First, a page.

Scott Regener

Follow the Leader?

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by Scott Regener

            The children are working their way through the Old Testament in Sunday School, and just this month we came upon the famous story of the golden calf. If you recall, Moses went up on a mountain and was hidden from the view of the Israelite camp by a cloud for forty days while God delivered the first tablet, just a few thousand years before Apple delivered theirs. Before long, the Israelites turned on Aaron and demanded that he make them a god to worship. If Eve’s explanation of the serpent’s deception stands out as funny, how much more Aaron’s explanation of what happened when Moses asked what happened: “’So they gave [their gold] to me, and I threw it into the fire, and out came this calf.”

            Marshall McLuhan famously said that the medium is the message. What he meant is that the way a message is communicated changes how it is received. Television distanced the viewer from what was shown, encouraging a certain dispassionate stance where the viewer could serve as judge and jury based solely on what they were able to see on the screen. Daytime television exploited this judgment tendency to perfection. And now Facebook, Twitter, YouTube and other social media take this one step further, including buttons for us to judge someone’s ideas without even needing to take a moment to ponder. Popularity is measured by likes, subscriptions, or even LOLs. It is tempting to open up our Bibles and click “Like” on Moses and give a big thumbs-up to Jesus, and then frown upon the Israelites for their many failings.

            The truth, however, is that the Israelites in the Old Testament show us just how far we will go from God if given even half a chance.  Consider how recently the Israelites had seen how mighty God was – delivering them from Egypt, leading them across a barren land, all the while providing them food and water when they needed it. Yet hide their human leader from their view for just a moment, and they looked around and saw where how bleak their surroundings and decided they needed gods to deliver them. In truth, they idolized Moses and worshipped and served him rather than the God who saved them.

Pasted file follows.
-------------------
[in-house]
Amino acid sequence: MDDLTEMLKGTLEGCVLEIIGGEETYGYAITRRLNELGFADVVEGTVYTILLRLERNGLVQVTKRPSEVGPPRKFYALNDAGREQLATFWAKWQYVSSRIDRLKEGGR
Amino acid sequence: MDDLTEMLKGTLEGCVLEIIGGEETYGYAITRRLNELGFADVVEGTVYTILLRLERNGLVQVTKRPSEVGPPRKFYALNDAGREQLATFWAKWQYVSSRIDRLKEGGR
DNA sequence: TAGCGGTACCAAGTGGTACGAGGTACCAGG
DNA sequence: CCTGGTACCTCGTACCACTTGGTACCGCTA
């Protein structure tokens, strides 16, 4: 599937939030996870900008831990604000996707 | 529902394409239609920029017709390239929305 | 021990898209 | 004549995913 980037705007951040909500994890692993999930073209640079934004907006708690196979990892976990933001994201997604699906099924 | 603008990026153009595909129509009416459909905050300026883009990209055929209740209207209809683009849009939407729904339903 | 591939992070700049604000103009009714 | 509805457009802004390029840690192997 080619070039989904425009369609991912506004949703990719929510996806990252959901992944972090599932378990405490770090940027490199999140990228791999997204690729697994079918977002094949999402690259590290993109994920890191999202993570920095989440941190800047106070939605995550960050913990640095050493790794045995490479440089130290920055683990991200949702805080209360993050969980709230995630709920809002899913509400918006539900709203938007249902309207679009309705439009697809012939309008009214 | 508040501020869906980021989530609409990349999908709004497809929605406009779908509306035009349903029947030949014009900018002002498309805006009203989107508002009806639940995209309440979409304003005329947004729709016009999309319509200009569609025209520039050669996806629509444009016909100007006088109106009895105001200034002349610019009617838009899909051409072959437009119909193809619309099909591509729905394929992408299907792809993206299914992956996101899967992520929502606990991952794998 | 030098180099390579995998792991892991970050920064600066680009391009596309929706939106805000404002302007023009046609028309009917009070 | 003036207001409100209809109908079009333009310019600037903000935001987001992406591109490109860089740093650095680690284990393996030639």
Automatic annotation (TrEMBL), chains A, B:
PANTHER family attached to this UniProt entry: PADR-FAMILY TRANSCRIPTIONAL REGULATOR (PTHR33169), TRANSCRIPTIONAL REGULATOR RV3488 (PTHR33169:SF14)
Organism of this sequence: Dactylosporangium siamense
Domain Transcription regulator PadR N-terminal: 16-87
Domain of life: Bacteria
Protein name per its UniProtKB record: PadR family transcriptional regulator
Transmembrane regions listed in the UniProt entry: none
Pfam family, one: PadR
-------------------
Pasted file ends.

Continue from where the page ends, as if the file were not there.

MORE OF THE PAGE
Before we move on from those Israelites and their failures, though, we need to take a moment and look at our own hearts and those who lead us today. Megachurches rise and fall on the abilities of their leaders. Dozens of preachers can be heard every single day on radio and television, some of whom number their listeners in the millions. When we cannot see God’s hand in front of us, how quickly do we turn aside and ask these human leaders to provide us the answers we seek? When we think about our own lives and realize just how far short we fall, how quickly do we look to the men who lead our church and expect that they will do their job to perfection, rather than seeing them as sinners in need of grace like us all? When we cannot see God, do we look for someone with the answers we need?

            That Moses guy the Israelites followed? He was a murderer. He married someone outside the Israelite nation, a Midianite. And when God asked him to lead the people, he said, “Oh my Lord! Please send someone else!” His patience with the people of Israel would eventually run out and, in a moment, he threw away his chance of going to the promised land. The man whose face literally shone from the glory of God was not perfect, and even he forgot the God with whom he met. Let us resolve not to worship men or idols or anything but the God of the Bible. Let us remind ourselves and each other every day that no one should ever take his place in our hearts.